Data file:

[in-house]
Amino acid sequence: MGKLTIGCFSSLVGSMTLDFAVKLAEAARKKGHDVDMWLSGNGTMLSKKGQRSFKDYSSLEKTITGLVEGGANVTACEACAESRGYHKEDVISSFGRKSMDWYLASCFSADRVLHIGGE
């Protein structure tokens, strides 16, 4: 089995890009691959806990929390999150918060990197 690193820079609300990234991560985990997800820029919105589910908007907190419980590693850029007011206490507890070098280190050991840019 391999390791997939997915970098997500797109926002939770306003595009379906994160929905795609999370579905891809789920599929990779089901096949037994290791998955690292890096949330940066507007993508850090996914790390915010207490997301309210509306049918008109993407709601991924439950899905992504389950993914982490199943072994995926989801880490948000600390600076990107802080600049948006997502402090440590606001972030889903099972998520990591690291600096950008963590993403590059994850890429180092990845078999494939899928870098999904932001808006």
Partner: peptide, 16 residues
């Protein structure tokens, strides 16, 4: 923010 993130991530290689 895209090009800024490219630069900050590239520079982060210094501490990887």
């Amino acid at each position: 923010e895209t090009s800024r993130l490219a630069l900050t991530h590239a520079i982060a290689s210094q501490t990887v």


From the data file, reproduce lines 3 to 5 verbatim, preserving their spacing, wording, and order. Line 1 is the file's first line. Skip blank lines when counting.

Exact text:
């Protein structure tokens, strides 16, 4: 089995890009691959806990929390999150918060990197 690193820079609300990234991560985990997800820029919105589910908007907190419980590693850029007011206490507890070098280190050991840019 391999390791997939997915970098997500797109926002939770306003595009379906994160929905795609999370579905891809789920599929990779089901096949037994290791998955690292890096949330940066507007993508850090996914790390915010207490997301309210509306049918008109993407709601991924439950899905992504389950993914982490199943072994995926989801880490948000600390600076990107802080600049948006997502402090440590606001972030889903099972998520990591690291600096950008963590993403590059994850890429180092990845078999494939899928870098999904932001808006």
Partner: peptide, 16 residues
């Protein structure tokens, strides 16, 4: 923010 993130991530290689 895209090009800024490219630069900050590239520079982060210094501490990887």